Over the last seven days I have learned about how to create a safe space for parents and children; I’ve learned how to trust my child to roam; I’ve learned that sometimes in Theatre for Early Years, kids vomit into cellos.
On a personal level, I’ve learned that my son will sit through any piece of theatre if there is live music involved – especially a violin. And I’ve learned to trust his ability to engage with challenging theatre, even though he is still a baby. I also learned that if and when he decides that he doesn’t want to sit still for 30 minutes in a dark theatre, that’s okay too. And that the other parents in the theatre will have their hearts go out to me while I briskly bundle up my child and exit. No hard feelings.
My own learning reflects the learning going on throughout the festival, whether inside the walls of the industry conference, or at the café in the Theatre Centre after the shows where parents chitchat and share knowledge. The learning extends, of course, to the children who witnessed some fantastic domestic and international art; and to the artists themselves.
As we look to the future of what we’ve all taken away from this festival, I want to turn our attention to the Canadian artists in the festival. They are the future of Theatre for Early Years in this country.
Pekka, by Le Théâtre des Petites Âmes in Québec, was a solo show featuring Isabelle Payant and a coterie of tiny puppets. Performed sometimes in English and sometimes in French, this play took its audience on a mythical journey with one of the smallest protagonists I’ve ever seen: Pekka. Pekka was the size of Payant’s hand, slipping in and out of its shell like a bracelet. In search of the moon, Pekka meets a variety of helpers along the way, all portrayed by very tiny puppets. This micro-universe was captivating to the children, who were leaning in to see what would happen next.
Tree/Arbre & Inuksuk, from Le Chemin qui Marche in Québec, was working on a similar scale as Pekka. This piece took place on top of a table, where artists Pierre Bérerd and Bénédicte Guillon Verne would conjure fantastical settings for very tiny puppets to inhabit. There were puppets the size of hands, but also the size of fingers. Again, you had to lean in to catch the action – and you wanted to, because the mise-en-scène was so magical. The performers take a single tree through its entire lifespan in front of your eyes. You see it being born, you see the role it plays in the happiness of various people, and then you see it die. The performers were so focused on their craft I found myself torn on where to look: I wanted to look at their creation because it was so spectacular, but I also wanted to watch their concentration and the tenderness with which they constructed the images.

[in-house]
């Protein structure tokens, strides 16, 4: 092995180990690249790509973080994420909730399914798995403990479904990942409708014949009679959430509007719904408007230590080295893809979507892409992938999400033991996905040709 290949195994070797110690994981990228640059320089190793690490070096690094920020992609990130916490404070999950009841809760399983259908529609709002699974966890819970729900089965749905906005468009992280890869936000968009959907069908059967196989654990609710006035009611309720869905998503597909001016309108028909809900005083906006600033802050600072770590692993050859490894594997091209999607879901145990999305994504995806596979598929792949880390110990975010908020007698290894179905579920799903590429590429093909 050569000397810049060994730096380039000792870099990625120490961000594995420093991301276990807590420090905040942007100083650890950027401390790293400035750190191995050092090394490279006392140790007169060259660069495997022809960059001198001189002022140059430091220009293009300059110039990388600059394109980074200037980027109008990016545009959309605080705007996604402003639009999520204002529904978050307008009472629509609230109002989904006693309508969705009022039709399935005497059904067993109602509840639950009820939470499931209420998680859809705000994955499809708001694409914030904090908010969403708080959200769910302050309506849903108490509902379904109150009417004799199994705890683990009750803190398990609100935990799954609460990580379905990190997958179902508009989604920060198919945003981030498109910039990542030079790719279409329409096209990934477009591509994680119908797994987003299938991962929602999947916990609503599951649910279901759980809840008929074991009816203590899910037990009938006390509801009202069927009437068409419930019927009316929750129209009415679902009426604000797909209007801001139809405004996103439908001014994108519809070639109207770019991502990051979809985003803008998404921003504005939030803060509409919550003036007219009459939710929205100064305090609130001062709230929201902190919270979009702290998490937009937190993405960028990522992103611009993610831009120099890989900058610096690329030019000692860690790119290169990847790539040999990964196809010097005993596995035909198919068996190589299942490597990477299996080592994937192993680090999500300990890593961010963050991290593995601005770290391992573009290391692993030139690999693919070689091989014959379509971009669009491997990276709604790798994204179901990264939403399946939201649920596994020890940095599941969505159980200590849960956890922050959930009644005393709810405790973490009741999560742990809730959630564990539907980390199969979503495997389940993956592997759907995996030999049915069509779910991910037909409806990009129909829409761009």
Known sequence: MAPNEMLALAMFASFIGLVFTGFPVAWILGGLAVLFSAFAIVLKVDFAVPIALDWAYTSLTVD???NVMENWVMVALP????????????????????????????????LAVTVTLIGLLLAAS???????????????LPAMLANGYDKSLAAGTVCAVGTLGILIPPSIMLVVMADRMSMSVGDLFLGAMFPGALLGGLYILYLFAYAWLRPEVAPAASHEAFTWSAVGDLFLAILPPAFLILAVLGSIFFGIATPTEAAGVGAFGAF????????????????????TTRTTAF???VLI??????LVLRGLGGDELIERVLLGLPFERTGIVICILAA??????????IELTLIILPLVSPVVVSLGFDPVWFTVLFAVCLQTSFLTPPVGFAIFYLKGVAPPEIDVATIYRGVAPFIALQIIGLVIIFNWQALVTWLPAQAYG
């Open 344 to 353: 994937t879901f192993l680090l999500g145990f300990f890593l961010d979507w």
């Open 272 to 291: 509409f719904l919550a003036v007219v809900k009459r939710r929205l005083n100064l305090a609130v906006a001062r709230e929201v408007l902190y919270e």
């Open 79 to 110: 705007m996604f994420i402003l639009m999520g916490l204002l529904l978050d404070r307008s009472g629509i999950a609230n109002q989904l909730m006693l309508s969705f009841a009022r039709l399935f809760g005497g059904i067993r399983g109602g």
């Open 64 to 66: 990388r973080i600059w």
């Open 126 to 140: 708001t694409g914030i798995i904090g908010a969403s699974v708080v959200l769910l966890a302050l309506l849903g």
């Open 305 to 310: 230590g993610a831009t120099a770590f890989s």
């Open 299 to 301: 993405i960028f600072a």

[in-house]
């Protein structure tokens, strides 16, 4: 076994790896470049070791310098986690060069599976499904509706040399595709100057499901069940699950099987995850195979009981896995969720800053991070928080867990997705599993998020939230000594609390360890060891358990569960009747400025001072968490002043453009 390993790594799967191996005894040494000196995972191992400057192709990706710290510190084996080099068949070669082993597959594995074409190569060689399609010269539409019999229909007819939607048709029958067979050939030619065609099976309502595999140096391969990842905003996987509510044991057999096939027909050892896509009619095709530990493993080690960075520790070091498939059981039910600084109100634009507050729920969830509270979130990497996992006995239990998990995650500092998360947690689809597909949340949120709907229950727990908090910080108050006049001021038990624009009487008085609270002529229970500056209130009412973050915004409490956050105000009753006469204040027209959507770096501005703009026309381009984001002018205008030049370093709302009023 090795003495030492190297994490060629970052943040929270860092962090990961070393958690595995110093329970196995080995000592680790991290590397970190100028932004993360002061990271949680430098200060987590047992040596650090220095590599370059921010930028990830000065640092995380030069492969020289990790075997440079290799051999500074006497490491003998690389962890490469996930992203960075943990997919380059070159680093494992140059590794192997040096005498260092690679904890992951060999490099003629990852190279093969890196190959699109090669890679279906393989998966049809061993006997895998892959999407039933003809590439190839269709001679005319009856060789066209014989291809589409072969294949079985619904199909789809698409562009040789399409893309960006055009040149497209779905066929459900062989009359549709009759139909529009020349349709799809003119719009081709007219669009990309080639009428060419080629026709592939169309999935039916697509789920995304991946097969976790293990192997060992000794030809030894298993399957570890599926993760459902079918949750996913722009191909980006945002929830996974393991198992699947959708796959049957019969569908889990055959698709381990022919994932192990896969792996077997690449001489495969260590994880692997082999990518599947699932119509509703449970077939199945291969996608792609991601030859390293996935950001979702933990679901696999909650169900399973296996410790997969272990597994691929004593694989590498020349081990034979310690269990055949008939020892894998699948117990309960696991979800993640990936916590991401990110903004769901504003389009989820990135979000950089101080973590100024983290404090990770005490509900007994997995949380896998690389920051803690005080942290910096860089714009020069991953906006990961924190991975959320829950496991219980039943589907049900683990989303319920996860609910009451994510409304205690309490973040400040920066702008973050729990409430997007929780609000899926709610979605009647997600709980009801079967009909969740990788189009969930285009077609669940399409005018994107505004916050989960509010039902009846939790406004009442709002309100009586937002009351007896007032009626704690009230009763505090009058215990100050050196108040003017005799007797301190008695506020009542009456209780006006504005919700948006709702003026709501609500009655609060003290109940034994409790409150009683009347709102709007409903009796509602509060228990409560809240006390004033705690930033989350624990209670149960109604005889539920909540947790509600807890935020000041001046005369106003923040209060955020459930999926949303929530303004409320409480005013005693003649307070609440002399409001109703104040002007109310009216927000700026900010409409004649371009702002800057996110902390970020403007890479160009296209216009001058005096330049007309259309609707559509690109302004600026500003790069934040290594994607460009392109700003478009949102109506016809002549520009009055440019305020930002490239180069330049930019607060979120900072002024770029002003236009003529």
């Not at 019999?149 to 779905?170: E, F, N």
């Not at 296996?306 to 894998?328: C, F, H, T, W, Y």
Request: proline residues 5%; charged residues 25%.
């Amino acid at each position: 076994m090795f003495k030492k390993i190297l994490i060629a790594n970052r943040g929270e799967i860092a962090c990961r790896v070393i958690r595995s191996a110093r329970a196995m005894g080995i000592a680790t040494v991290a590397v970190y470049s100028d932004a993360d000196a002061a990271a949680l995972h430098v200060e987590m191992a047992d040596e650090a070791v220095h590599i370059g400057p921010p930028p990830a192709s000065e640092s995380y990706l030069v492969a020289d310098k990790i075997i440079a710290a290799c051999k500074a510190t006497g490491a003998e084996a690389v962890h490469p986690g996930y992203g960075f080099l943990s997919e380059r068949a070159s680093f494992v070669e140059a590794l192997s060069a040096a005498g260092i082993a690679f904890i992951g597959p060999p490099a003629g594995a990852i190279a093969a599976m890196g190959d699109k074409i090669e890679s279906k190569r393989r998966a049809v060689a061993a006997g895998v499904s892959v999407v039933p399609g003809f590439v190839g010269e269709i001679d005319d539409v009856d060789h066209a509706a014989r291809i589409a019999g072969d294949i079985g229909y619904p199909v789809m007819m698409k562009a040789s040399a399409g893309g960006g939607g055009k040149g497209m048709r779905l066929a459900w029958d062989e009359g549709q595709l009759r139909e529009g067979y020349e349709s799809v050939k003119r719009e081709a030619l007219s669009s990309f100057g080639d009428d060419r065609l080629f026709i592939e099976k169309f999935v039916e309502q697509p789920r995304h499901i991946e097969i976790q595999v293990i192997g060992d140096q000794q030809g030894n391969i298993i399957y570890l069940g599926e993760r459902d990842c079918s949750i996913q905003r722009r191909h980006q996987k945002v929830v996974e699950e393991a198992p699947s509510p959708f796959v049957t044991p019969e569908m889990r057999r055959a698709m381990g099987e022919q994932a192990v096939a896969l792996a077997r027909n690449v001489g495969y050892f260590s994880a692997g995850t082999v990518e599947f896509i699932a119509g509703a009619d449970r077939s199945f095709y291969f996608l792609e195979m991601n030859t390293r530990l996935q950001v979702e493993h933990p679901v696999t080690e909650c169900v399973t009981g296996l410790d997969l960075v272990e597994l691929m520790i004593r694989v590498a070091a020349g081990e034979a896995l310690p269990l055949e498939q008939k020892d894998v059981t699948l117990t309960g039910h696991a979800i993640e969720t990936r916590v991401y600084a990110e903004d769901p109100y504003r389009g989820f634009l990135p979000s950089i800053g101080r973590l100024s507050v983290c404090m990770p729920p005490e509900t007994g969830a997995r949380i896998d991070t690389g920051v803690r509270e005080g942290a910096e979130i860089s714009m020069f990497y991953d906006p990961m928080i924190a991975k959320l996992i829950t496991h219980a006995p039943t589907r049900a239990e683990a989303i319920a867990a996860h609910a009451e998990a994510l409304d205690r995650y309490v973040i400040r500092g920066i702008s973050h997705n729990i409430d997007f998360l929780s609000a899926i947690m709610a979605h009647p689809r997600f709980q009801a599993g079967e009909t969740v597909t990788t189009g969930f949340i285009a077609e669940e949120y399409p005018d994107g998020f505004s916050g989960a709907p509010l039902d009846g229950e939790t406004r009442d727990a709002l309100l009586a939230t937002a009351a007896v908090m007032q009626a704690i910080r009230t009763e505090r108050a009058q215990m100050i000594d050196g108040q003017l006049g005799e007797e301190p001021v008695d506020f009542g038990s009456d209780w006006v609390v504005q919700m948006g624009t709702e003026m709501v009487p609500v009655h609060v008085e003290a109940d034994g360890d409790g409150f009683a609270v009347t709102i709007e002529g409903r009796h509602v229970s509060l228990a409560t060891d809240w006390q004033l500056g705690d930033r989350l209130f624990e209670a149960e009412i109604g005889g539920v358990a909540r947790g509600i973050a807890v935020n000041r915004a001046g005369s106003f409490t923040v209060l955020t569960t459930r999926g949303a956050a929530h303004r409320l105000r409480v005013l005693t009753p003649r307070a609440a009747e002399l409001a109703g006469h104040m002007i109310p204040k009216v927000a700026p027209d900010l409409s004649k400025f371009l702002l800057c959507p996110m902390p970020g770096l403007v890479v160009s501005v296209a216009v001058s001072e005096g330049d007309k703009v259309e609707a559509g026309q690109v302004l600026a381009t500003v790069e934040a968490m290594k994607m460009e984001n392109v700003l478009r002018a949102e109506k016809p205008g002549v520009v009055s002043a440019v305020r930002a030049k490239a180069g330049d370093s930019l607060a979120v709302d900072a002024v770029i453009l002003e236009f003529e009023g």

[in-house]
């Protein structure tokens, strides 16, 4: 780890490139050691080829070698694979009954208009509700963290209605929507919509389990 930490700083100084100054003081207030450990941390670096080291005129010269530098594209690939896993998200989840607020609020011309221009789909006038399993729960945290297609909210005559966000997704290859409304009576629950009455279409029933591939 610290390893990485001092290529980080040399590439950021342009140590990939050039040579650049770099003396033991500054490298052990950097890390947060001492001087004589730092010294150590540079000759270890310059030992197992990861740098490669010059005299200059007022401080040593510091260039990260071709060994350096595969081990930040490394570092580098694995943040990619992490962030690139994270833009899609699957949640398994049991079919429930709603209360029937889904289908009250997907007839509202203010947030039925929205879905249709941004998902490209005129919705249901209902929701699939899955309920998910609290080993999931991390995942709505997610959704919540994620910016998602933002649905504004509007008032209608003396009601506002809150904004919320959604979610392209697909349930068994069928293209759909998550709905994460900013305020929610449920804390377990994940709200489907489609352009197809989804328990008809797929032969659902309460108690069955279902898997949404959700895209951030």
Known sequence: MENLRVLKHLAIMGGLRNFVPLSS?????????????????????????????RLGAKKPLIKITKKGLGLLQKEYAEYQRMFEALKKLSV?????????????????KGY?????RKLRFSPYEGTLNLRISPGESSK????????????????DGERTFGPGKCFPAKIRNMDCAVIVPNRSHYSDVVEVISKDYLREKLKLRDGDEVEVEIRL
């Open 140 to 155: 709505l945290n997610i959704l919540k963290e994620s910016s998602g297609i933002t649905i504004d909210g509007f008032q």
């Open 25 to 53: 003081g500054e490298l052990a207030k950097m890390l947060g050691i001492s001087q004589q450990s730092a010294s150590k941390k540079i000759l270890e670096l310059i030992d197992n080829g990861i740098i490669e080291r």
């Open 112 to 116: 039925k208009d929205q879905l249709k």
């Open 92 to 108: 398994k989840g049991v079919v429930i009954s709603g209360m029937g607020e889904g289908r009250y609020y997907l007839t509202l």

Tabletop Tales, from the SNAFU & The Snack Music Collective, continues on this trend of creating big stories from small things. The artists ask the audience to share stories from their own lives, and then they use tiny household items to animate that story. They even compose a live score on the spot! The first incarnation of this show was at the Next Stage Theatre Festival in 2015, where WeeFestival Artistic Director Lynda Hill saw a performance. She told me that she was interested in it right away. She thought it would be great for families. Since then, the company has been working with Lynda and the WeeFestival to adapt the show for an audience of children. To me, this is such a great success story. To see a company make this jump into Early Years Theatre is very exciting – and especially one that is being mentored and advised by a leading voice in the field. In my opinion, if Canada is going to be able to foster a Theatre for Early Years scene, this sort of mentorship is essential.
Finally, I want to close by talking about Jumping Mouse, from Urban Indigenous Theatre in Manitoba. This show is a modern adaptation of a traditional indigenous story wherein a curious mouse sets off on a brave journey to the Sacred Mountains. Although this play drew upon some recognizable aspects of children’s theatre (colourful props and larger-than-life characters) the message was remarkably mature. I found this dichotomy very powerful: a bright set and fun music juxtaposed against a very profound story. I think it helped the kids open up and engage with the material.
Urban Indigenous Theatre is an incubator for the next generation of Aboriginal theatre artists and administrators. Listening to Columpa Bobb, their Artistic Executive Director, speak at the WeeFestival industry conference one day, I was so glad to have her voice in the room. It was a reminder of how segregated the storytelling in our nation can be; how essential it is that we, as curators, as parents, as artists, seek out the stories that define who we are as a collection of nations. Because it is these stories, especially when offered to our very youngest audiences, that will help break segregation and move us further along our collective journey of reconciliation.
It has been a pleasure sharing my thoughts with you over the course of this festival. See you at the theatre!